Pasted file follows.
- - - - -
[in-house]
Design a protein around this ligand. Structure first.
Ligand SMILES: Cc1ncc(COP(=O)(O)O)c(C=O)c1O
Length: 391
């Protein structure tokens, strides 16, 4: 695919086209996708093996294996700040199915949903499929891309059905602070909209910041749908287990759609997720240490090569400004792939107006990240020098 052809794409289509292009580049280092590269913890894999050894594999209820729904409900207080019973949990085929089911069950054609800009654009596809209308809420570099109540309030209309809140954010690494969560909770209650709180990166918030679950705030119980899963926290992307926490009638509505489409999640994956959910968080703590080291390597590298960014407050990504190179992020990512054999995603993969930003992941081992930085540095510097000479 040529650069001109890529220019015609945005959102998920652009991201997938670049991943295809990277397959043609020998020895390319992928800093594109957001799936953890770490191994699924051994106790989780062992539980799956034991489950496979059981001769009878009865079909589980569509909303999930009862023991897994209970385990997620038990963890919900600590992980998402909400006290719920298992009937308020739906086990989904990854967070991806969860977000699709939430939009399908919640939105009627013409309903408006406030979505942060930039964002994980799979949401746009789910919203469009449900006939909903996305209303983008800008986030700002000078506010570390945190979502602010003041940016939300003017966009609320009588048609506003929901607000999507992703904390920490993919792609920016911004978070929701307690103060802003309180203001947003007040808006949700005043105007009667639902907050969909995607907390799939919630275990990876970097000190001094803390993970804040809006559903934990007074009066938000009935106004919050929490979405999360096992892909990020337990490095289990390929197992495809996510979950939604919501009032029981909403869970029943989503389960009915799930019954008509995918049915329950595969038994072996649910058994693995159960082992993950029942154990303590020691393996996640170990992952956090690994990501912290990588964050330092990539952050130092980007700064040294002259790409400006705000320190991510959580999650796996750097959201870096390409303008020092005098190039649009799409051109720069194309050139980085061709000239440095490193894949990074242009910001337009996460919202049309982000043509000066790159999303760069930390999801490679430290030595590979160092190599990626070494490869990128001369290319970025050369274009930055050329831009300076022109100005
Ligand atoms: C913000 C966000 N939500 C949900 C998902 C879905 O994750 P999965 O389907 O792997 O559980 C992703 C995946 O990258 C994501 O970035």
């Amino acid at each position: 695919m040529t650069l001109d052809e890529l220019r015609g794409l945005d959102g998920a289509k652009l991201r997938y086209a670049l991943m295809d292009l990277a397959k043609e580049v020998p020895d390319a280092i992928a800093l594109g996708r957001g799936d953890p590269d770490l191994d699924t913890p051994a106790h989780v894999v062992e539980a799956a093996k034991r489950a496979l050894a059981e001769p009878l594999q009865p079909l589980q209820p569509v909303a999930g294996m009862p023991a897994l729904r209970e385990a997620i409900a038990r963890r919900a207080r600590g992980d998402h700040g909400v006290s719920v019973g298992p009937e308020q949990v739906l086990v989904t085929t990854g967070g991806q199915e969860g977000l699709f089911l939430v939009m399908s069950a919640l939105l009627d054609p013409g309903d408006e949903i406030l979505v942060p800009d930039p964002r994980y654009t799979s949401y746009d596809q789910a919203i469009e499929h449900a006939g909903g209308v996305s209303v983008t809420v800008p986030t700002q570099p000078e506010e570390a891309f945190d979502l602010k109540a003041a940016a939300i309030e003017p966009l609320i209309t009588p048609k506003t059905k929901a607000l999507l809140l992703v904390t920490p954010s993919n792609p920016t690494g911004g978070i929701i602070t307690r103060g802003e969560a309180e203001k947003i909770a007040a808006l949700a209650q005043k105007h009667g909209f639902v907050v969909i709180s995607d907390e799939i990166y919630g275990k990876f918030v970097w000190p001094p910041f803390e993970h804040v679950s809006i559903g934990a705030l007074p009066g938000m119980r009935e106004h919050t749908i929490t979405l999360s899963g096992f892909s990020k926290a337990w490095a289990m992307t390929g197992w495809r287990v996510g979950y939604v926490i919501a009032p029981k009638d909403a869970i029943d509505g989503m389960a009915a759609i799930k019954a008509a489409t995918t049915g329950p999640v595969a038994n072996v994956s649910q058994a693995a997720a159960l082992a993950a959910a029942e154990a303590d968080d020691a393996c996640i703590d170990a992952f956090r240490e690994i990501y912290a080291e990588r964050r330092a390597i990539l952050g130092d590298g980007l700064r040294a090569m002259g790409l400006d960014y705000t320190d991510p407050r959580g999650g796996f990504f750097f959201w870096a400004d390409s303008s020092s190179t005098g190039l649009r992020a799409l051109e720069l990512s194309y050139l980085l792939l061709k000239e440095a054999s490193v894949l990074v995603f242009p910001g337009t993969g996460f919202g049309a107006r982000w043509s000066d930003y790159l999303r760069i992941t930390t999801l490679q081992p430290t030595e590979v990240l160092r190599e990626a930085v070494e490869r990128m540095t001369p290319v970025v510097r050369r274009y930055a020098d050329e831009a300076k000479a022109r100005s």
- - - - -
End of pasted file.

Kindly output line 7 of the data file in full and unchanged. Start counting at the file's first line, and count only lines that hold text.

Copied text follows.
């Amino acid at each position: 695919m040529t650069l001109d052809e890529l220019r015609g794409l945005d959102g998920a289509k652009l991201r997938y086209a670049l991943m295809d292009l990277a397959k043609e580049v020998p020895d390319a280092i992928a800093l594109g996708r957001g799936d953890p590269d770490l191994d699924t913890p051994a106790h989780v894999v062992e539980a799956a093996k034991r489950a496979l050894a059981e001769p009878l594999q009865p079909l589980q209820p569509v909303a999930g294996m009862p023991a897994l729904r209970e385990a997620i409900a038990r963890r919900a207080r600590g992980d998402h700040g909400v006290s719920v019973g298992p009937e308020q949990v739906l086990v989904t085929t990854g967070g991806q199915e969860g977000l699709f089911l939430v939009m399908s069950a919640l939105l009627d054609p013409g309903d408006e949903i406030l979505v942060p800009d930039p964002r994980y654009t799979s949401y746009d596809q789910a919203i469009e499929h449900a006939g909903g209308v996305s209303v983008t809420v800008p986030t700002q570099p000078e506010e570390a891309f945190d979502l602010k109540a003041a940016a939300i309030e003017p966009l609320i209309t009588p048609k506003t059905k929901a607000l999507l809140l992703v904390t920490p954010s993919n792609p920016t690494g911004g978070i929701i602070t307690r103060g802003e969560a309180e203001k947003i909770a007040a808006l949700a209650q005043k105007h009667g909209f639902v907050v969909i709180s995607d907390e799939i990166y919630g275990k990876f918030v970097w000190p001094p910041f803390e993970h804040v679950s809006i559903g934990a705030l007074p009066g938000m119980r009935e106004h919050t749908i929490t979405l999360s899963g096992f892909s990020k926290a337990w490095a289990m992307t390929g197992w495809r287990v996510g979950y939604v926490i919501a009032p029981k009638d909403a869970i029943d509505g989503m389960a009915a759609i799930k019954a008509a489409t995918t049915g329950p999640v595969a038994n072996v994956s649910q058994a693995a997720a159960l082992a993950a959910a029942e154990a303590d968080d020691a393996c996640i703590d170990a992952f956090r240490e690994i990501y912290a080291e990588r964050r330092a390597i990539l952050g130092d590298g980007l700064r040294a090569m002259g790409l400006d960014y705000t320190d991510p407050r959580g999650g796996f990504f750097f959201w870096a400004d390409s303008s020092s190179t005098g190039l649009r992020a799409l051109e720069l990512s194309y050139l980085l792939l061709k000239e440095a054999s490193v894949l990074v995603f242009p910001g337009t993969g996460f919202g049309a107006r982000w043509s000066d930003y790159l999303r760069i992941t930390t999801l490679q081992p430290t030595e590979v990240l160092r190599e990626a930085v070494e490869r990128m540095t001369p290319v970025v510097r050369r274009y930055a020098d050329e831009a300076k000479a022109r100005s």